Entering one of these contests can be a great family activity! The kids can choose a book, determine the materials, and help you cook and/or decorate. It’s a good way to learn that collaboration can make an end product even better than you could imagine on your own. Not to mention, it’s just fun to put a sword in the hand of a lemon to represent Lemonade Wars, or turn raisins into flies for Lord of the Flies.

Your entry doesn’t have to be a straightforward representation of the book. It can be a clever play on words. Think: Who Moved My Cheesecake (Who Moved my Cheese), War and Peas (War and Peace), The Diary of a Young Girl by Anne Frank (hot dog), In Search of Scones (In Search of Stones), Hop on Pop (soda), Green Eggs and Spam (Green Eggs and Ham), Atlas Shrugged (a book of maps wearing a short sweater), or A Confederacy of Brunches (A Confederacy of Dunces) all made of food, or course.

We saw the simplest of simple – A Raisin in the Sun represented by a sun made of stacked sunflower seeds outlined with a bead of bright yellow icing with a single raisin sitting on it — to a lavishly constructed fondant rendition of Atlas Shrugged. While I appreciate the skill that went into the pulled sugar ice forms on A Song of Fire and Ice and the variety of materials used to illustrate Matilda, I preferred the simplicity of ham on top of an omelet for Hamlet, and the cleverness of a full pan of cheesecake next to an empty pan with a mouse asking who moved his cheesecake for Who Moved My Cheese. In the end, Who Moved My Cheesecake got my vote.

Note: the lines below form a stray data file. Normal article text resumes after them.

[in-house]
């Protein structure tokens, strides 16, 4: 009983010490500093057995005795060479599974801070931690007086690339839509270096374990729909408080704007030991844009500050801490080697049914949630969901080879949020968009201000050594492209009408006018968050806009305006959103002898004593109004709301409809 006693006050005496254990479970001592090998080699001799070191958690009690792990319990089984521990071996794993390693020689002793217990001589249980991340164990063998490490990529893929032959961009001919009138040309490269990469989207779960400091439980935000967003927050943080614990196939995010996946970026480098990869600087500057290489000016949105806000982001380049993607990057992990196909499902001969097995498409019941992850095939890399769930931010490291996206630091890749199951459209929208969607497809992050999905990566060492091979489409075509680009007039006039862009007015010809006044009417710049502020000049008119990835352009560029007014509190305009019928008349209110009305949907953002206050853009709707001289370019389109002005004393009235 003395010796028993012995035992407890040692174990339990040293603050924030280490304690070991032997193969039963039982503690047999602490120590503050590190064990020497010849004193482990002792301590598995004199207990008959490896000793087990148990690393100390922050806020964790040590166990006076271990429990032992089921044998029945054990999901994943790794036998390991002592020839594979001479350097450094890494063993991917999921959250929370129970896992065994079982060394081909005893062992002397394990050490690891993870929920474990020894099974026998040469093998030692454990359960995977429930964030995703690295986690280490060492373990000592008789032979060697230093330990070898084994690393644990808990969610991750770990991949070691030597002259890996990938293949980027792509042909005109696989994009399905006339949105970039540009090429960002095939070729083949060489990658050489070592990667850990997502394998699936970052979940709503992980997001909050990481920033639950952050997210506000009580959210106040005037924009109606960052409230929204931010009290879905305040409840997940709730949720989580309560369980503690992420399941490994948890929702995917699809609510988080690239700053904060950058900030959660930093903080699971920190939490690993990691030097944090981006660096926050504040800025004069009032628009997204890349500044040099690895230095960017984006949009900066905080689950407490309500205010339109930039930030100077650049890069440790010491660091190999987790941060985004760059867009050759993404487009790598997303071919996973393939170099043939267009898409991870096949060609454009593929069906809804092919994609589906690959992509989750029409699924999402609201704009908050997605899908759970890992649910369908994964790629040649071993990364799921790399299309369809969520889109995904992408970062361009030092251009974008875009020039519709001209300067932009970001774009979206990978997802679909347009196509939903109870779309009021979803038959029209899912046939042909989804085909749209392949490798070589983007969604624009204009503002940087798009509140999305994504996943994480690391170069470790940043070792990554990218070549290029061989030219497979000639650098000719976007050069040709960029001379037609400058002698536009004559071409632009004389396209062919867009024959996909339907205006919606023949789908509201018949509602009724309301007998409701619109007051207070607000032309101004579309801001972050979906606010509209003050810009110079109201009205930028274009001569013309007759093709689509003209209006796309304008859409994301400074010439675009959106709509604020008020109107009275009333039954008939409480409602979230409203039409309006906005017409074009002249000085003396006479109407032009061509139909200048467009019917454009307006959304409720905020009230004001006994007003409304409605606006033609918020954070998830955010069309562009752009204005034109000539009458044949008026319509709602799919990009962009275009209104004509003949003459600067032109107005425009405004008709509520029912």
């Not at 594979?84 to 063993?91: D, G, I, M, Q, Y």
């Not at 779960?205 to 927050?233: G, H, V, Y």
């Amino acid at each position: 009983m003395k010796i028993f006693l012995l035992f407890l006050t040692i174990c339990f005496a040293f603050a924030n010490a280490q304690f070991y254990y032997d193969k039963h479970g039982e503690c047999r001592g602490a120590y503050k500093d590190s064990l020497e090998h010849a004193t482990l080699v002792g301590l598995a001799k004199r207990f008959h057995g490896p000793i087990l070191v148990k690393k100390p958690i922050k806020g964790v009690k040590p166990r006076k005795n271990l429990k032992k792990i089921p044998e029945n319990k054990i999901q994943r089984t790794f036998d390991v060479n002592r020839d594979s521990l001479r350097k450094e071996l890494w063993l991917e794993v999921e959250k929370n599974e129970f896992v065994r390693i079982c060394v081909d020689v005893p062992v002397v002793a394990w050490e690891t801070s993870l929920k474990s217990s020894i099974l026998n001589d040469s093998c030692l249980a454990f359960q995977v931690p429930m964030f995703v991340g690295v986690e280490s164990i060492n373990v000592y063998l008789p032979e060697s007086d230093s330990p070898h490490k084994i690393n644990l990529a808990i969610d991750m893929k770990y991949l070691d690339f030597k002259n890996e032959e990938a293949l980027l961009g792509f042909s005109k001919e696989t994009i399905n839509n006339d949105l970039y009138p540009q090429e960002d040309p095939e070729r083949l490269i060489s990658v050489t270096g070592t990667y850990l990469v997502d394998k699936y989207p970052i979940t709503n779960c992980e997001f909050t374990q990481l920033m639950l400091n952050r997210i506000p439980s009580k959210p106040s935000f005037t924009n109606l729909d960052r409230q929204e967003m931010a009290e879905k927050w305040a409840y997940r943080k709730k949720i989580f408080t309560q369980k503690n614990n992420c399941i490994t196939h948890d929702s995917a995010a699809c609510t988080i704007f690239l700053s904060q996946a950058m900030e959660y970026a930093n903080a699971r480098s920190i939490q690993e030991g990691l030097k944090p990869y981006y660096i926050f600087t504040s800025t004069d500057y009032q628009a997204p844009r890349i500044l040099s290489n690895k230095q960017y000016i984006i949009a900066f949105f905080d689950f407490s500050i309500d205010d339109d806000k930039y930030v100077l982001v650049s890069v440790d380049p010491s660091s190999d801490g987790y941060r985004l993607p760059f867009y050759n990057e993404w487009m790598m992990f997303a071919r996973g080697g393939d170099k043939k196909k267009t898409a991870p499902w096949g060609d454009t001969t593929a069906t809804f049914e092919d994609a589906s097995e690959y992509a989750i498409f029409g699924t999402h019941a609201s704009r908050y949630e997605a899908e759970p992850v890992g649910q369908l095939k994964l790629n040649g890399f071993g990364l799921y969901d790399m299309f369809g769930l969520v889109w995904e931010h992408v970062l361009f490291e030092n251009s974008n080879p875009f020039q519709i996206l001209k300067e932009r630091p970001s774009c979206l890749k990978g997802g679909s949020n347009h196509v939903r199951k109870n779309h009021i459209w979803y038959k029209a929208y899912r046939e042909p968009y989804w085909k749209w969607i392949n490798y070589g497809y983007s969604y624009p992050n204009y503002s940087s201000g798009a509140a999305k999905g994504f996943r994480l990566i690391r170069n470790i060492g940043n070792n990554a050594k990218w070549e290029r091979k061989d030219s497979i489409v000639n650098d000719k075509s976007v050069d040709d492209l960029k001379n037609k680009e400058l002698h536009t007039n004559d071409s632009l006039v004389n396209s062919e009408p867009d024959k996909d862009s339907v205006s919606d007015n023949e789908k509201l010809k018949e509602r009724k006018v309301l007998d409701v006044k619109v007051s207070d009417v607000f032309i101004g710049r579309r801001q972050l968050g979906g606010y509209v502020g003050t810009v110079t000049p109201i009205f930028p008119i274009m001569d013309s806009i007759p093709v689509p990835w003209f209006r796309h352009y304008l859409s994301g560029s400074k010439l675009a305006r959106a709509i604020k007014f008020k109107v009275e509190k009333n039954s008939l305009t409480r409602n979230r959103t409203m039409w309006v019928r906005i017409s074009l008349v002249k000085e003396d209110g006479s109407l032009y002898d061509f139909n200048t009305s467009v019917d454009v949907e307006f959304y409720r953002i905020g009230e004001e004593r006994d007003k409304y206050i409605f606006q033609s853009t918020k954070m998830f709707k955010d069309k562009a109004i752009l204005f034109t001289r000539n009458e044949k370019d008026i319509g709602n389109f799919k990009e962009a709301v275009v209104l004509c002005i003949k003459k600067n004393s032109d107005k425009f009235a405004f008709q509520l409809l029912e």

I don’t know who won the contest. I got distracted by the chocolate samples in the next room. Besides that, it wasn’t about choosing a winner as much as enjoying the creativity and coming up with ideas I might want to try.

There was a moment when I saw a book on a pedestal without an edible entry. I think the participant hadn’t shown up, but it made me wish I’d entered the contest with the book The Emperor’s New Clothes and nothing at all to represent it.

I guess that’s the point of all of this anyway. I like to laugh. I want more laughter in the kitchen, in my home, and in my social activities. If fun with food can make me laugh, then I’m all for it!

June 20, 2016

Summer is For Ice Cream

There’s no doubt about it, summer is for ice cream! It’s barely summer and we’ve already had heat warnings because it feels 108º outside. To me this means it is important to stay cool. That means lots of icy beverages and a steady diet of cold food.
pour over ice
I love ice cold honeydew, watermelon, steamed asparagus, and gazpacho, but there are days when I think I could eat nothing but ice cream all summer. Of course ice cream comes in many forms with vastly different quality, taste, and calorie counts. My favorite flavors always seem to have the most fat and calories so I’ve been looking for ways to enjoy the cold, but cut the fat and calories.